Unlike most traditional retirement schemes, mutual funds do not guarantee returns. However, longer investment durations will help investors in generating significant returns. Historically, equity mutual funds have generated higher returns in comparison to traditional investment schemes. Therefore, one should be patient and should not worry about short term market movements.
Mutual funds invest across debt and equity instruments. Depending on the equity and debt exposure, the volatility of the fund can be determined. Therefore, one should carefully analyse the portfolio exposure of a fund before investing in them.
There are many ratios one can use to evaluate mutual funds. However, the following are a few of the key financial ratios that help in evaluating a retirement mutual fund:
It is the measure of performance of a mutual fund against its benchmark. A positive alpha indicates the fund has outperformed the benchmark by the said percentage.
Standard deviation measures how much the return of a mutual fund deviates from its average. In other words, it measures volatility or risk in the fund. The higher the standard deviation, the more volatile the fund’s returns, hence raising the risk involved.
Beta is a measure of the sensitivity of a mutual fund when compared to the benchmark. It measures how the fund’s return changes when the market rises or falls. If the beta is less than one, the fund is less sensitive to the market movements. Whereas, if the beta is more than one, the fund is highly sensitive to market movements. However, if the beta is one, then the fund and market movements are in sync.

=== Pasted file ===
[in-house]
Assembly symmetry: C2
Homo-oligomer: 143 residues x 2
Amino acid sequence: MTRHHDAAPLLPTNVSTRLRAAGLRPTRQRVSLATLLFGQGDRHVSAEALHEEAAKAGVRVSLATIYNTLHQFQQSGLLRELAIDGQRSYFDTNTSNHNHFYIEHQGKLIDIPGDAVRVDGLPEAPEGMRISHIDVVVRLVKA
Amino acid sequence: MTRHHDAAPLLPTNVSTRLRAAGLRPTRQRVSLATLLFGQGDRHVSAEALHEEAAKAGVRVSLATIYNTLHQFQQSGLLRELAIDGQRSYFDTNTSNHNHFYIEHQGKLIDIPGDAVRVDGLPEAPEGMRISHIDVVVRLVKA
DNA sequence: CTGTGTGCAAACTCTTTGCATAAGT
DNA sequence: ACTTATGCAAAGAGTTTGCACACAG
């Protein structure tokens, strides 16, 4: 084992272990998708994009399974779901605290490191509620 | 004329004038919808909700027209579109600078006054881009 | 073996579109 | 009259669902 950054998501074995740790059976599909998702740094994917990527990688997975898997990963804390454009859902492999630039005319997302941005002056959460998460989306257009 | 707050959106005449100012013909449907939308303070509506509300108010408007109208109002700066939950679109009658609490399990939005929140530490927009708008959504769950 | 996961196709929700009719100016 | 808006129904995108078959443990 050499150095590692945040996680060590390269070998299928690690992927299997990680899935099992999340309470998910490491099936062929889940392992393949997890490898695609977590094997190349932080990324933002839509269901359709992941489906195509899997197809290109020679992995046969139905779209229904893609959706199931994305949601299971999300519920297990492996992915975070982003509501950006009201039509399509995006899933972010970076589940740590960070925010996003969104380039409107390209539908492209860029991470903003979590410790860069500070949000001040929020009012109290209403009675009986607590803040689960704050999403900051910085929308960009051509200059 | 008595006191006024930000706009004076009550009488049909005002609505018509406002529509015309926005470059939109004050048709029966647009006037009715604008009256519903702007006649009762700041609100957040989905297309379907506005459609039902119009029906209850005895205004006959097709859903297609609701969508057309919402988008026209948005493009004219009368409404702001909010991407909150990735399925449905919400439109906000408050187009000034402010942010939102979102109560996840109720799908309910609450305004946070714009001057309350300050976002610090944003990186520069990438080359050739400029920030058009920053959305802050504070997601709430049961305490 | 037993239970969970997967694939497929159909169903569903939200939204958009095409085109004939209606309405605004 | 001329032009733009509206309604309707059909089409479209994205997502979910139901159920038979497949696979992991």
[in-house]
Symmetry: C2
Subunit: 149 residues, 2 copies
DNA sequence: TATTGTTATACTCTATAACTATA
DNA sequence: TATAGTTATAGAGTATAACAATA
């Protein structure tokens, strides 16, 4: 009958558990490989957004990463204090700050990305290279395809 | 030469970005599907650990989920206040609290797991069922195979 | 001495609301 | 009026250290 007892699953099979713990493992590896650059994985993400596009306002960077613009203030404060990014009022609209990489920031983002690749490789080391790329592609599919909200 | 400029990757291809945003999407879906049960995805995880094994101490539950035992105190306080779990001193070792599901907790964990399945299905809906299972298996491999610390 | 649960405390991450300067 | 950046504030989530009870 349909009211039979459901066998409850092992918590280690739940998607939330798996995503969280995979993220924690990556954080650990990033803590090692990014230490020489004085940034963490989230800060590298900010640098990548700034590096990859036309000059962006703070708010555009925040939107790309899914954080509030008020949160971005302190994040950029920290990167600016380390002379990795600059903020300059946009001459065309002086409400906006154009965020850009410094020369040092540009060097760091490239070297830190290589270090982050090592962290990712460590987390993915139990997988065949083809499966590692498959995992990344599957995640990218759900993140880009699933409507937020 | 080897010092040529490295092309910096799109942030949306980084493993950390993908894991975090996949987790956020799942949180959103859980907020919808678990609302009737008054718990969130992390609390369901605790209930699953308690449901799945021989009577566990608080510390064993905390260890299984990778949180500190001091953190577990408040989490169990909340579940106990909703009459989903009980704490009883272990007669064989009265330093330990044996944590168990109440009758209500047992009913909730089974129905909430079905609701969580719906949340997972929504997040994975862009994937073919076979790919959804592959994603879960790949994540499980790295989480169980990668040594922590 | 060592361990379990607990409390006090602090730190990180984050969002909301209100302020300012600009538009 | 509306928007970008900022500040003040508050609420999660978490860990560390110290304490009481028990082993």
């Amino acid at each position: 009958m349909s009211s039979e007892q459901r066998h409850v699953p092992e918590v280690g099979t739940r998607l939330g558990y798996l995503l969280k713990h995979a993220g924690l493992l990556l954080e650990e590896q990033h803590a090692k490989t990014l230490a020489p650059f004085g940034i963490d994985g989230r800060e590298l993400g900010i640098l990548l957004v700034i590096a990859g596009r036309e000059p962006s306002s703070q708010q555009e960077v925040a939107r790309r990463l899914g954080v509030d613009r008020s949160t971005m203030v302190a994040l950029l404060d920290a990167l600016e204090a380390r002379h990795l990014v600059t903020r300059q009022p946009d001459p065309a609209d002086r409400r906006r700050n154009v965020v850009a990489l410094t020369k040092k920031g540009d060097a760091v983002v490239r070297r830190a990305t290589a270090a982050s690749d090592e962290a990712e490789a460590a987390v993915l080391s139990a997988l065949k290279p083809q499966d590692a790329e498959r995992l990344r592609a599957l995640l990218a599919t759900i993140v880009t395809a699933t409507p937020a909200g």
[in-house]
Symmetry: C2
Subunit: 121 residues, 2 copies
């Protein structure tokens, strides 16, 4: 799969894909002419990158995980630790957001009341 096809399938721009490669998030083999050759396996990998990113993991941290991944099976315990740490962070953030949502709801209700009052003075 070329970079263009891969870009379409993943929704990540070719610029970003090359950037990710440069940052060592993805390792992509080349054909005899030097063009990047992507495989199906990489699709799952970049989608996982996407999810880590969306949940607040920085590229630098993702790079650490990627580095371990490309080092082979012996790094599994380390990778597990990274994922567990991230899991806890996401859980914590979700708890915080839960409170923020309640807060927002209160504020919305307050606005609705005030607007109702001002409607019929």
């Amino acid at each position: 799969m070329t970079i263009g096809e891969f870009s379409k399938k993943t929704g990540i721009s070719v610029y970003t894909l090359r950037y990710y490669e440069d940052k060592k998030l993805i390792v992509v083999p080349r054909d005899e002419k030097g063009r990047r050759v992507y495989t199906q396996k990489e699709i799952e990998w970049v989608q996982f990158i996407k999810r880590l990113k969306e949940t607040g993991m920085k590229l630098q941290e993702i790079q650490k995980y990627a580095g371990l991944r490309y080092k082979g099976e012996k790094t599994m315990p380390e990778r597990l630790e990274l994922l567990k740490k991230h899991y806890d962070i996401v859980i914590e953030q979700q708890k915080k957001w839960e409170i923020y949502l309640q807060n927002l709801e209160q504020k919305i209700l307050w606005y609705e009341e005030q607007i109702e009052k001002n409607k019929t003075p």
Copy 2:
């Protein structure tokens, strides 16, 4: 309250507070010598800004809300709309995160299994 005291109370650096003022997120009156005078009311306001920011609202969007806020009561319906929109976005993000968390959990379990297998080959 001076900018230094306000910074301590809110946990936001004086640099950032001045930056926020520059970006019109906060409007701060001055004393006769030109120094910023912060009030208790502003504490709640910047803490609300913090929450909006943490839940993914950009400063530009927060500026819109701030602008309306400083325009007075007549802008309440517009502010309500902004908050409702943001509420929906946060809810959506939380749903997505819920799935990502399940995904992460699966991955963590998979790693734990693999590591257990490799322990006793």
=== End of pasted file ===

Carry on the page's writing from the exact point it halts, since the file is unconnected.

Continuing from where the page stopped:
The portfolio turnover ratio measures the trading activity of a fund. In other words, it means the rate at which the securities are bought and sold in a mutual fund. A high turnover ratio indicates high transaction costs and high capital gains taxes. Hence a mutual fund is considered desirable when the turnover ratio is low.
It measures the performance of the fund in light of risks taken. In other words, investors can determine whether the returns from the fund are due to the risks undertaken or the investment choice of the fund manager. A high Sharpe ratio is considered good and indicates the fund has high risk-adjusted returns.
It measures the relationship between the portfolio of the mutual fund and the benchmark. A high value indicates that the portfolio’s performance is in sync with its benchmark. Whereas a low R-squared indicates changes in the benchmark doesn’t affect the portfolio much.
Mutual funds have certain costs associated with them, and the same is charged in the form of the expense ratio and exit load. The expense ratio includes fund management costs, marketing and distribution costs, transaction costs, etc. This is charged from the investors through NAV, hence reducing the profits for the investors. Whereas exit load is the charge the fund house cuts if the investor exits the fund before the stipulated time period. Investors have to ensure that the expense ratio isn’t too high and compare a fund’s returns with other funds after factoring in the costs.
Tax saving is one of the most important goals for all individuals who earn. Clubbing tax saving with investing will serve the purpose of saving tax as well as investing. However, investors also have to be cautious while redeeming their investments as returns from these investments are taxable. Hence investors have to invest in tax-efficient investments in case they want to save their retirement corpus. For example, an equity fund charges 10% tax on long term capital gains above INR one lakh. Whereas a debt fund charges 20% with indexation benefit on capital gains. Hence, investors have to keep the tax implications of retirement funds in mind before investing in retirement funds.